During the week, I'm also going to show how to integrate Photoshop CS4 tools into the Lightroom workflow. Bridge and ACR provide some handy on-the-fly alternatives that give you maximum flexibility when working efficiently with your images.

It's a great week. You can register now online, or call call (505) 983-1400, ext. 11 for more information.


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Among the thousands of photographs posted in the Flickr community, what are the most popular DSLRs, compacts, even cameraphones used to capture them? If you shoot Canon, for example, how do the Rebels stack up against one another? How do the different brands compare? All of this and more can be discovered on the Flickr Camera Finder page.

As you drill down, you'll be able to compare basic specs, get Flickr stats, view graphs, and see actual images captured with the devices. The Camera Finder provides an informative snapshot about the cameras we're using to make all of these great images.


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"Workflow" is the kind of word that makes most hobbyist photographers cringe. But the fact of the matter is, if you've taken great photos with your digital camera, don't you want to find the easiest way to organize them and share with others?

If this sounds appealing to you, then you might be interested in my workshop this coming weekend titled, I've Taken Great Photos, Now What?. You'll learn about the coolest photo management applications including Adobe Lightroom, Apple iPhoto, Photoshop CS4, Photoshop Elements, and Apple Aperture. We'll build a workflow tailored specifically for your needs. And by the end of the day, you'll see that managing your images can be as fun as taking them in the first place.

The workshop begins at 10 am on Sat. May 9 at Santa Rosa Junior College in Santa Rosa, California. You can sign up for the class online, or call for more information at 707-527-4372. The course fee is $63.


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Chase Jarvis Photography

"The best camera is the one that's with you," writes Chase Jarvis (hmmm, where I have heard that before!). He takes photos everyday with his iPhone, processes them on the device, then shares online. Chase maintains a gallery of his favorites on his site.

There is so much good work you can do with these types of devices: iPhone, Nokia, Blackberry, Sony, and on and on. I think mindset has much to do with success. Take a look at Chase's work, and you'll see what I mean.

iPhone App Reviews and Camera Phone Tips

A Look Inside Shutterfly for iPhone

Flickr Tip: Manage Permissions During Mobile Workflow

Cropulater Brings Picture Cropping to the iPhone

Panorama 2.1 for the iPhone

FotoTimer Provides Self-Timer for the iPhone

HP iPrint App Makes Printing Easy from iPhone or iPod touch

True Photo App for iPhone: CameraBag

"Exposure" (Now "Darkslide") Puts Flickr on Your iPhone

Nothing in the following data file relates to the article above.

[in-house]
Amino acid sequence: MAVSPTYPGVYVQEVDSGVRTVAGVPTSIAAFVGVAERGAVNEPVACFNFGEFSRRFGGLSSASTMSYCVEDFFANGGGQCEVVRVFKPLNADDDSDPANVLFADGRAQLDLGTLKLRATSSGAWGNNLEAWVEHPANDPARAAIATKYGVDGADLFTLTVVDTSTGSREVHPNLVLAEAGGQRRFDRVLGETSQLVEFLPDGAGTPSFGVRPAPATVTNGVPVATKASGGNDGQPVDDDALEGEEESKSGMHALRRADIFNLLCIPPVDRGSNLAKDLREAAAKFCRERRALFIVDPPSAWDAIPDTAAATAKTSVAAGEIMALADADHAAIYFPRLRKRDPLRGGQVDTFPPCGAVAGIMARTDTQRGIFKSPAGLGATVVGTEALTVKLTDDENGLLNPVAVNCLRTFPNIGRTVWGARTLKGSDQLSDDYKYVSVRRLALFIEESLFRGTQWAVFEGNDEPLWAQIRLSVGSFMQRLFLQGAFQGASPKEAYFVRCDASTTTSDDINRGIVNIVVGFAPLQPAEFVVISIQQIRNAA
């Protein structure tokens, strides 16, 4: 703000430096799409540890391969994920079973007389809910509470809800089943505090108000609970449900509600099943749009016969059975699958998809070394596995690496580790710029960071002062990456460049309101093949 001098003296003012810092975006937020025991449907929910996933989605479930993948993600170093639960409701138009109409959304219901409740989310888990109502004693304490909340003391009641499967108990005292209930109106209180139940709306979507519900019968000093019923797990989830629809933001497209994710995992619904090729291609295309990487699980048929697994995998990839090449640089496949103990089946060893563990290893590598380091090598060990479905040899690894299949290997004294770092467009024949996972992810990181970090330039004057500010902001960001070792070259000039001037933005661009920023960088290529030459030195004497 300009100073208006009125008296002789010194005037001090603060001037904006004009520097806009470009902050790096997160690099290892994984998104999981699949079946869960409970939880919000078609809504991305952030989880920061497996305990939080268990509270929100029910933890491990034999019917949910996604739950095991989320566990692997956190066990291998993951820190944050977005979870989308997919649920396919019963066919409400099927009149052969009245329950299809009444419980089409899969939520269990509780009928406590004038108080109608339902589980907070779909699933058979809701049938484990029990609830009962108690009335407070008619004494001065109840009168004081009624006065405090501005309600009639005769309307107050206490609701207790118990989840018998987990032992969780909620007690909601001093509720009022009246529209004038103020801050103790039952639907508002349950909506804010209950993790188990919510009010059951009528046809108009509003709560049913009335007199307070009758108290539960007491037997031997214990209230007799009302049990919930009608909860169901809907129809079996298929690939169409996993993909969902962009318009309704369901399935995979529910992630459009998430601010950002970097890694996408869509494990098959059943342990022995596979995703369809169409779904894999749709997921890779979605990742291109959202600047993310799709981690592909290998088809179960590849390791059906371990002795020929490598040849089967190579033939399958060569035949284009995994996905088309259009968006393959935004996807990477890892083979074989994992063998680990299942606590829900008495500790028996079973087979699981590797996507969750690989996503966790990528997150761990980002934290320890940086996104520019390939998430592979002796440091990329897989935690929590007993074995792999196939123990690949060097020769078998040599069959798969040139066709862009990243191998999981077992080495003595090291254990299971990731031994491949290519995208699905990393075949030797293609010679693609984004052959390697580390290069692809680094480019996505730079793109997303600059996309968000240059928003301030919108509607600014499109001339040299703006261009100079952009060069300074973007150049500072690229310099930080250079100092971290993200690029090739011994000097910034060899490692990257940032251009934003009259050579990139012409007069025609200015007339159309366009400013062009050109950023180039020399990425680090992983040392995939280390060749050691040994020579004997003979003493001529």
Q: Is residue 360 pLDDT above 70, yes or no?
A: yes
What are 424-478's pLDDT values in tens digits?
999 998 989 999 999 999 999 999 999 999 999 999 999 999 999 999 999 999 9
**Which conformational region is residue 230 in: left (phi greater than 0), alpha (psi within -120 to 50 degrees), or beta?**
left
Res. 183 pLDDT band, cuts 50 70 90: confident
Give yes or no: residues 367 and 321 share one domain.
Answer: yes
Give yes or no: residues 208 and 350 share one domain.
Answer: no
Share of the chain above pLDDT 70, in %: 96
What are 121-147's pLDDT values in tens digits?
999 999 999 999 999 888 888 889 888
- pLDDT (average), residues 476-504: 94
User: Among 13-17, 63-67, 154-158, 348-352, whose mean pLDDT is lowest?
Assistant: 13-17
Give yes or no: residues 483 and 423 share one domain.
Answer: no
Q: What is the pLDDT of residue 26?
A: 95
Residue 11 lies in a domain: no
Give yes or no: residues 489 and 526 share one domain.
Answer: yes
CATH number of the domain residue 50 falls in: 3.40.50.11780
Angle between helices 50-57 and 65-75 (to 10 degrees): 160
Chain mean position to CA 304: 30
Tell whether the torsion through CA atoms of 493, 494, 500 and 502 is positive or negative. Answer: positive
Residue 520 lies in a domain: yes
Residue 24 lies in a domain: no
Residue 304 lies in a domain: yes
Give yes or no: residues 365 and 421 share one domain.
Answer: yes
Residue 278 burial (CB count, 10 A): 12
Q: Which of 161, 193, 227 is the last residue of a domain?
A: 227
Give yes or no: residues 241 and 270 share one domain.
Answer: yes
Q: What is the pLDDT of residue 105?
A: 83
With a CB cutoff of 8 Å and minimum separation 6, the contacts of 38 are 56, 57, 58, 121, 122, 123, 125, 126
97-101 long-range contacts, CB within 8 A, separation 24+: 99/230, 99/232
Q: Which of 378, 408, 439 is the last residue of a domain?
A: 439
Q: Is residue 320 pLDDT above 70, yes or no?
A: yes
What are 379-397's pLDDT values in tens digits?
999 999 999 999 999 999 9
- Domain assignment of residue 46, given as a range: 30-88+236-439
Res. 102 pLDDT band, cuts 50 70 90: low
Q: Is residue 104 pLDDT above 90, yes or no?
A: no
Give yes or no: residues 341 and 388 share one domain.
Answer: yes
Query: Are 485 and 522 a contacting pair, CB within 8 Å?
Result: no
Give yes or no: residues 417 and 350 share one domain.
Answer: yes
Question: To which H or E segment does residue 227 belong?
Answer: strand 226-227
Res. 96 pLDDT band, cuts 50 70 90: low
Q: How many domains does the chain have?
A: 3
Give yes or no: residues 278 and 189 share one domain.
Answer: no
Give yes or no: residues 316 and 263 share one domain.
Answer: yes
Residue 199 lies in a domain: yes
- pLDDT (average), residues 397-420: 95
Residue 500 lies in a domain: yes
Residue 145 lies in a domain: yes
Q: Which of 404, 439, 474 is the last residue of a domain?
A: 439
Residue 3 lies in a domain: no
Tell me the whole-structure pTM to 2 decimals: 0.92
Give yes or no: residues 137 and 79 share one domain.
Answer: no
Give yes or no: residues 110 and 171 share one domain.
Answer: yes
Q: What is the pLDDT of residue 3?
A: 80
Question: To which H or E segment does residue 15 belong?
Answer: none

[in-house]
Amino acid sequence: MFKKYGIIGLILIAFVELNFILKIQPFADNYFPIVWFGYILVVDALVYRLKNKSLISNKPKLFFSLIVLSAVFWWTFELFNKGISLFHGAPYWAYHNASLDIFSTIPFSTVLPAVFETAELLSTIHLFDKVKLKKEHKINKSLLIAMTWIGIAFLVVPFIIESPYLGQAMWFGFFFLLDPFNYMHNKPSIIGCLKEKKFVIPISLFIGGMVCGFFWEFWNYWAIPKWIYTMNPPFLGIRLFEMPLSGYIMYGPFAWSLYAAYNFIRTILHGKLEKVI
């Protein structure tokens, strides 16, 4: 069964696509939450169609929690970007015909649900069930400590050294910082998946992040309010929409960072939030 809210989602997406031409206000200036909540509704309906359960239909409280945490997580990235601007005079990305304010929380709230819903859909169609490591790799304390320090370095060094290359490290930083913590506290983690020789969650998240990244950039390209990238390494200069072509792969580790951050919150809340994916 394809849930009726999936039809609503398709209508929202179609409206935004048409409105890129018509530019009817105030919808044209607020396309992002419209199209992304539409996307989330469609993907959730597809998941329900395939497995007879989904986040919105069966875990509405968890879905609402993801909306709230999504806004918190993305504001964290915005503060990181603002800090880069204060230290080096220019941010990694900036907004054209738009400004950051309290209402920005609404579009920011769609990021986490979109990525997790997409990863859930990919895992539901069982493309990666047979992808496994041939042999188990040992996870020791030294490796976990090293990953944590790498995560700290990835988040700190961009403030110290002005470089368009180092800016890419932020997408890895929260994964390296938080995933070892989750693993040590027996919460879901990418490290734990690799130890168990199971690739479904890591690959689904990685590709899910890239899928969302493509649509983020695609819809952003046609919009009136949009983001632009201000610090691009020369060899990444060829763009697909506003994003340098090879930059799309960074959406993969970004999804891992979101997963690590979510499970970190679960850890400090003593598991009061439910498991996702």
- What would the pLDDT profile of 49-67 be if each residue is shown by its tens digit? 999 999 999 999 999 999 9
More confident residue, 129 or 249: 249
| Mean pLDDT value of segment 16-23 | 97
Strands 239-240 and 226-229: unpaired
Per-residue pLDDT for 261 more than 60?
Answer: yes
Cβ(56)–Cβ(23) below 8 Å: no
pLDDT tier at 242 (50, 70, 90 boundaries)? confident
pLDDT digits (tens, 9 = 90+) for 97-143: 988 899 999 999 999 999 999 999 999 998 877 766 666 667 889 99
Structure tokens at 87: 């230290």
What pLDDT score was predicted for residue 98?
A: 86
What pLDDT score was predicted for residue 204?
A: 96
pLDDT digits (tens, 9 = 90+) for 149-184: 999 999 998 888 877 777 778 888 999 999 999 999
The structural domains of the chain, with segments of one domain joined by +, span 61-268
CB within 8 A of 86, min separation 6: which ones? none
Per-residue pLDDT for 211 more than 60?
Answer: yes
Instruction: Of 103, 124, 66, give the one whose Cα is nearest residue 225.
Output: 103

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Editor's Note: I had a conversation on Twitter with Kip Beatty about the difficultly of editing HD video from the Canon 5D Mark II in Apple's iMovie '09. Kip said he had researched a solution, and I want to share his findings with our readers. Here's what Kip Beatty wrote.

The Canon EOS 5D Mark II shoots stunning 1080p 30 fps video. However, if you're using iMovie '09 to edit your movies, you'll find using anything but a Mac Pro to edit the native .264 files from the camera will bring iMovie to its knees. In fact, Apple recommends using the "Large" (960 x 540) setting when importing movies from the 5D Mark II. Even if you don't encounter the unexpected quits mentioned in the support document, you'll likely encounter a lot of stutters, pauses, and sluggishness. A simple workaround is to convert the .264 files to iMovie's preferred AIC (Apple Intermediate Codec) format using the free MPEG Streamclip.

Copy your movie files from your CF card to your computer (you can, if you prefer, convert them directly from the CF card). Open MPEG Streamclip and open the movie you want to convert. From the File menu choose Export to Quicktime... (CMD-E). At the top drop down menu, change the compression to Apple Intermediate Codec and slide the quality slider to 100 percent. You may also wish to open up the Adjustments options and bump brightness, contrast, and saturation just a bit to get an exact match, but be very conservative with any changes to these sliders (I'd suggest running a couple of tests on a small file to get the look you like). Click Make Movie and you're done with MPEG Streamclip.

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You'll find the resulting file, once imported, plays much more nicely with iMovie, especially on a MacBook Pro or iMac. Unfortunately, you'll also find the resulting file is much larger than the original .264 version. In my tests, it's almost twice as large. This is the main drawback to using AIC. Nonetheless, if iMovie is choking on your native files, it's a worthwhile tradeoff. If you're going to do a lot iMovie editing with AIC converted files from the EOS 5D Mark II, you'll need a lot of storage space. Look at it this way, it's a great excuse to pick up a DroboPro.